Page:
Virginia’s George Mason University had a real queen for Homecoming this year.
Ryan Allen, a popular host of the George Mason University’s yearly drag show, was elected its homecoming queen over the weekend in an emotional crowning ceremony at halftime of the sold-out GMU vs. Northeastern basketball game at the Patriot Center. He beat out two female finalists after a student e-mail poll last week. Allen — or, rather, his drag queen alter ego, Reann Ballslee — assumed the title of Ms. Mason wearing a large green-and-gold bow sewed for him by the theater department’s costume shop and visible even in the cheap seats, as well as a wig, lamé blouse and black skirt and heels. At the same time, a fellow student Ricky Malebranche, a junior from Woodbridge, was named Mr. Mason.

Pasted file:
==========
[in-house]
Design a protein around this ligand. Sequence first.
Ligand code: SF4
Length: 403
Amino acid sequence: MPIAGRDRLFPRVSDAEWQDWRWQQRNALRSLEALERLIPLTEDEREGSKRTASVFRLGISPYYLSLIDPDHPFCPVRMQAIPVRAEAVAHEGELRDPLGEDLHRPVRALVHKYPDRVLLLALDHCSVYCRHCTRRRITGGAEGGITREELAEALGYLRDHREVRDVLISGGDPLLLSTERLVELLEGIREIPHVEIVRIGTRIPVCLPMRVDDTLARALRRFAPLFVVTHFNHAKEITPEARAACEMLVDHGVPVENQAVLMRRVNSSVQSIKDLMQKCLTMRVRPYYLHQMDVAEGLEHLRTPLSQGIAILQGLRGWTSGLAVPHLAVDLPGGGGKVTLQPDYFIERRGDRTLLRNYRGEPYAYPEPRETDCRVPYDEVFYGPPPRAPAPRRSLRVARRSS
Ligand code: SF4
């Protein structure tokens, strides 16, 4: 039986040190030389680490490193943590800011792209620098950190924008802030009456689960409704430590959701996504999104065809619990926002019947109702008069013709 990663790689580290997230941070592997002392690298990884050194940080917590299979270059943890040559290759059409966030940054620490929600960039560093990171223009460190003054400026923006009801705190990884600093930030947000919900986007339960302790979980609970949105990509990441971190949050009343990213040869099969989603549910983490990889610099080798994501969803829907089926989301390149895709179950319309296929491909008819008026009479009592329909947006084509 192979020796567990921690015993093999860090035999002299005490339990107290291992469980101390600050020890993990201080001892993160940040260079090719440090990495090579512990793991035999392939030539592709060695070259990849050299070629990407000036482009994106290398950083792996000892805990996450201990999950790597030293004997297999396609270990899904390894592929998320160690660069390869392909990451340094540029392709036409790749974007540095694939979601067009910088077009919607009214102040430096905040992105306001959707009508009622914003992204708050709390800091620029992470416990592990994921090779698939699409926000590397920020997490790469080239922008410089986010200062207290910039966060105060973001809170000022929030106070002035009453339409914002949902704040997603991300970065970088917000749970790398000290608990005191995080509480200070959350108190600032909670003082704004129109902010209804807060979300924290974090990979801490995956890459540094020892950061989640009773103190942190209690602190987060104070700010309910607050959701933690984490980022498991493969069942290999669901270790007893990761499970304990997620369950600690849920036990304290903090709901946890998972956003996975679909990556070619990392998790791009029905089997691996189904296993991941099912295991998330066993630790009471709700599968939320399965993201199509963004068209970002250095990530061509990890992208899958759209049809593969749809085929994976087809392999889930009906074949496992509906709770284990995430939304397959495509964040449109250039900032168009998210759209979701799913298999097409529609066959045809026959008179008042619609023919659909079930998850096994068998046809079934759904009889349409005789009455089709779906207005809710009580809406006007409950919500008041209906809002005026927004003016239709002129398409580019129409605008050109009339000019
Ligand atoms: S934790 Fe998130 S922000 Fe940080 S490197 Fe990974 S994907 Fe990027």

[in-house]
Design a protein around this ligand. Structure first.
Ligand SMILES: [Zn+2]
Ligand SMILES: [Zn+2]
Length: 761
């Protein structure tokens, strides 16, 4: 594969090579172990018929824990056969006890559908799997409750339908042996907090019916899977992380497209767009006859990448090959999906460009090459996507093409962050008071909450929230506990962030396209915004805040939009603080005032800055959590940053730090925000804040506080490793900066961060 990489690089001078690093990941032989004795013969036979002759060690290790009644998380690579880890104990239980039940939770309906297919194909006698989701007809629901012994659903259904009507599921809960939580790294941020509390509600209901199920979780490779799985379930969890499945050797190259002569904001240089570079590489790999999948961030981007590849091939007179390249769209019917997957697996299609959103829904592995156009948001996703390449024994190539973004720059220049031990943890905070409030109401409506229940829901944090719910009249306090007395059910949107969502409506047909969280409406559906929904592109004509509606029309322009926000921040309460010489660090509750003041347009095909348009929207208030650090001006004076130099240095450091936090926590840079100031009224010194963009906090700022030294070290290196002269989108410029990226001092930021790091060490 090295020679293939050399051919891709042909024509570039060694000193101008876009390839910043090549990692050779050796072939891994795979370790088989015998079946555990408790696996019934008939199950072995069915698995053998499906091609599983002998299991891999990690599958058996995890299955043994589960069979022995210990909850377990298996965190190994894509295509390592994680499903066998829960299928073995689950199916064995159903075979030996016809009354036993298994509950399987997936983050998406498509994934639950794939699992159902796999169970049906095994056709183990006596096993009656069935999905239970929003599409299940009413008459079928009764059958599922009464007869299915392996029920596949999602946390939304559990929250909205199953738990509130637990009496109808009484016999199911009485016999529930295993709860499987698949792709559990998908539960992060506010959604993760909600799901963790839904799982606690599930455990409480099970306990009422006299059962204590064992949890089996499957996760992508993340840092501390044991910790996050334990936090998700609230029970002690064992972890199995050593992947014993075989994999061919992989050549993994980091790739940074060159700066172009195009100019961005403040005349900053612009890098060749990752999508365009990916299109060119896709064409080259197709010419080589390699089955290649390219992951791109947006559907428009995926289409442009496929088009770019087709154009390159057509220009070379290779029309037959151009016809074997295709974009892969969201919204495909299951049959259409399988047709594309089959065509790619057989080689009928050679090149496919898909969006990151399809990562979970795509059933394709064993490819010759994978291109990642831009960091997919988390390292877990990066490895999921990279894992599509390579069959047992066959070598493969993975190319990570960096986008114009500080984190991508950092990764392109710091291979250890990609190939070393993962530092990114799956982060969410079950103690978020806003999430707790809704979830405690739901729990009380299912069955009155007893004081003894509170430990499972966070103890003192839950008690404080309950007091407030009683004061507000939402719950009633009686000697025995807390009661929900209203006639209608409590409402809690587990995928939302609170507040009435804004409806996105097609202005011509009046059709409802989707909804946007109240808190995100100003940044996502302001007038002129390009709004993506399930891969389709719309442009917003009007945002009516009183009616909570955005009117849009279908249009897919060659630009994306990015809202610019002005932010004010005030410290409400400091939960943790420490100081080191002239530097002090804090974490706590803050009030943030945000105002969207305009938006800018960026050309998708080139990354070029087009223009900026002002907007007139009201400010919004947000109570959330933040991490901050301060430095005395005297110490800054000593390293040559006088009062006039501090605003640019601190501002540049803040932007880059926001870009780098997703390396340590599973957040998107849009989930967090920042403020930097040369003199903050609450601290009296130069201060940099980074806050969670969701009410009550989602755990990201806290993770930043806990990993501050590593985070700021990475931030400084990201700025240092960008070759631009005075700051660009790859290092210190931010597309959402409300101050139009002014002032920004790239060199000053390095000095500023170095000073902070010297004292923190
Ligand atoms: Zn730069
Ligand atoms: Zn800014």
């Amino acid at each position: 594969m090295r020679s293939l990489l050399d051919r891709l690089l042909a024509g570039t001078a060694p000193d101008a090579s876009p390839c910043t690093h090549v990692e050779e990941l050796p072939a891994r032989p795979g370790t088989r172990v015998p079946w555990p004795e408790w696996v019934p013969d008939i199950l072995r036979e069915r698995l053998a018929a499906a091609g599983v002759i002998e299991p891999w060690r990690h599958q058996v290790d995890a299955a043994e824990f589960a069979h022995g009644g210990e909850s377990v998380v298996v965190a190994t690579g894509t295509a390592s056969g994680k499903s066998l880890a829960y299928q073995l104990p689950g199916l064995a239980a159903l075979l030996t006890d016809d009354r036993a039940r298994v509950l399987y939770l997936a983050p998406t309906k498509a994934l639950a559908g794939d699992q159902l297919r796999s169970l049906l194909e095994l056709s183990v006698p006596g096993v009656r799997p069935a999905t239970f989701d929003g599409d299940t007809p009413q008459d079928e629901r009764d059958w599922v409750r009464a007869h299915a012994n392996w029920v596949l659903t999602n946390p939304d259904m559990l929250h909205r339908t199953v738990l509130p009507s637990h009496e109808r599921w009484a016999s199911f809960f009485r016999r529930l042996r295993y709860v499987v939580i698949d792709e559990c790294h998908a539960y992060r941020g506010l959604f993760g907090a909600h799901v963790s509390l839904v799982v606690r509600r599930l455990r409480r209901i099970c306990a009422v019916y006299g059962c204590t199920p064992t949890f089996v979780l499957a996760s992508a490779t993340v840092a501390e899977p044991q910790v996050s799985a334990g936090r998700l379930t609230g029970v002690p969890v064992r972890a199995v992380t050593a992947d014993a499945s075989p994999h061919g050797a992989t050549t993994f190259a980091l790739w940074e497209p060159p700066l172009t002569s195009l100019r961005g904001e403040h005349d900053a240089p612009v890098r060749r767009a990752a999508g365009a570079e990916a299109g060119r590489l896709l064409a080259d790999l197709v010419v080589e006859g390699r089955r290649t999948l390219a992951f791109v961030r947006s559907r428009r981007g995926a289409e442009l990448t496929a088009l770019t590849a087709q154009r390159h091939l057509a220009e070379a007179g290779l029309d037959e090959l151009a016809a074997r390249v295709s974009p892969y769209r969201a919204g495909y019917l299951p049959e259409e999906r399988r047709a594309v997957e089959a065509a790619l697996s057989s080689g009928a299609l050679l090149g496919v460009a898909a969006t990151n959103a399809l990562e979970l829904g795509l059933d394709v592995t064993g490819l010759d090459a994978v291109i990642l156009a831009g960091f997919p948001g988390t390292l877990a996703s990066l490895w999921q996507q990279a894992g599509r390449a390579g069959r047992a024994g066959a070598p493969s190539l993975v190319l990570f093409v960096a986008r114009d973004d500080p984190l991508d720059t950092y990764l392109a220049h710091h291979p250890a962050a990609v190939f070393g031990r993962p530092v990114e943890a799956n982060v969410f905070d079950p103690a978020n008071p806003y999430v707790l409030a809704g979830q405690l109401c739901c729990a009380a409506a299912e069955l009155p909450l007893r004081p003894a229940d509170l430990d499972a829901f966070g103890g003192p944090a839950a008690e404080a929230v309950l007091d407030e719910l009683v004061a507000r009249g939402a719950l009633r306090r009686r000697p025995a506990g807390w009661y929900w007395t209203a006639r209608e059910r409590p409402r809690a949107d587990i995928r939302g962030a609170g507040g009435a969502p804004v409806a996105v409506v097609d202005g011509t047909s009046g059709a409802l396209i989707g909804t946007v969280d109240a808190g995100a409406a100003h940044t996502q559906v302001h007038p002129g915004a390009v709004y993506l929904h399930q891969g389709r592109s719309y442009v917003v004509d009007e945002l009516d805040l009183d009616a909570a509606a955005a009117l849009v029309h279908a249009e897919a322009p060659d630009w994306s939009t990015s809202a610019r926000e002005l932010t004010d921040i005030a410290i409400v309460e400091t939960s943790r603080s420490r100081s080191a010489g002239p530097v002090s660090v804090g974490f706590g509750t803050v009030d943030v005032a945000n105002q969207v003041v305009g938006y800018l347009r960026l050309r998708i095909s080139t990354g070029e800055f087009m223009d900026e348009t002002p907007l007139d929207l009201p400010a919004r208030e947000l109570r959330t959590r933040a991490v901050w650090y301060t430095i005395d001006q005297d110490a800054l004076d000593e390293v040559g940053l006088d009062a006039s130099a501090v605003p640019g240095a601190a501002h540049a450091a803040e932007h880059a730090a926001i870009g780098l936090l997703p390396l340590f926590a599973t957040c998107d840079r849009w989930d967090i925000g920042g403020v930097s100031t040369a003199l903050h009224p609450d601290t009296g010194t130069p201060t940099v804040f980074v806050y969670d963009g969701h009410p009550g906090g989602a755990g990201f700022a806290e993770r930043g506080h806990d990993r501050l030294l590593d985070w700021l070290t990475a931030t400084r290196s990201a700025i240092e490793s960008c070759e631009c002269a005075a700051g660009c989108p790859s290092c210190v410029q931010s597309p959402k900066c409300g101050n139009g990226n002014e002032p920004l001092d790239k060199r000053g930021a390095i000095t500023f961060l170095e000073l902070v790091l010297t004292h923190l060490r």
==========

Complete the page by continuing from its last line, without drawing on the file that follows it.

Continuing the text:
“For me it was just for fun,” Allen said on his decision to enter the pageant. “In the larger scheme of things, winning says so much about the university. We’re one of the most diverse campuses in the country, and . . . we celebrate that regularly.” Some students have applauded his victory as a measure of the broadmindness of the 30,000 member student body, and that they felt engaged in homecoming week — held during basketball season because Mason has no football team — for the first time. But others said his election was an embarrassing setback to Mason’s recent efforts to revamp its image from a suburban commuter school to a distinguished institution of higher learning. Officially, the university is “very comfortable with it. We’re fine,” said spokesman Daniel Walsch. They’ve never made a rule that requires participants in the Mr. and Ms. Mason pageant to compete along precise gender lines, he said.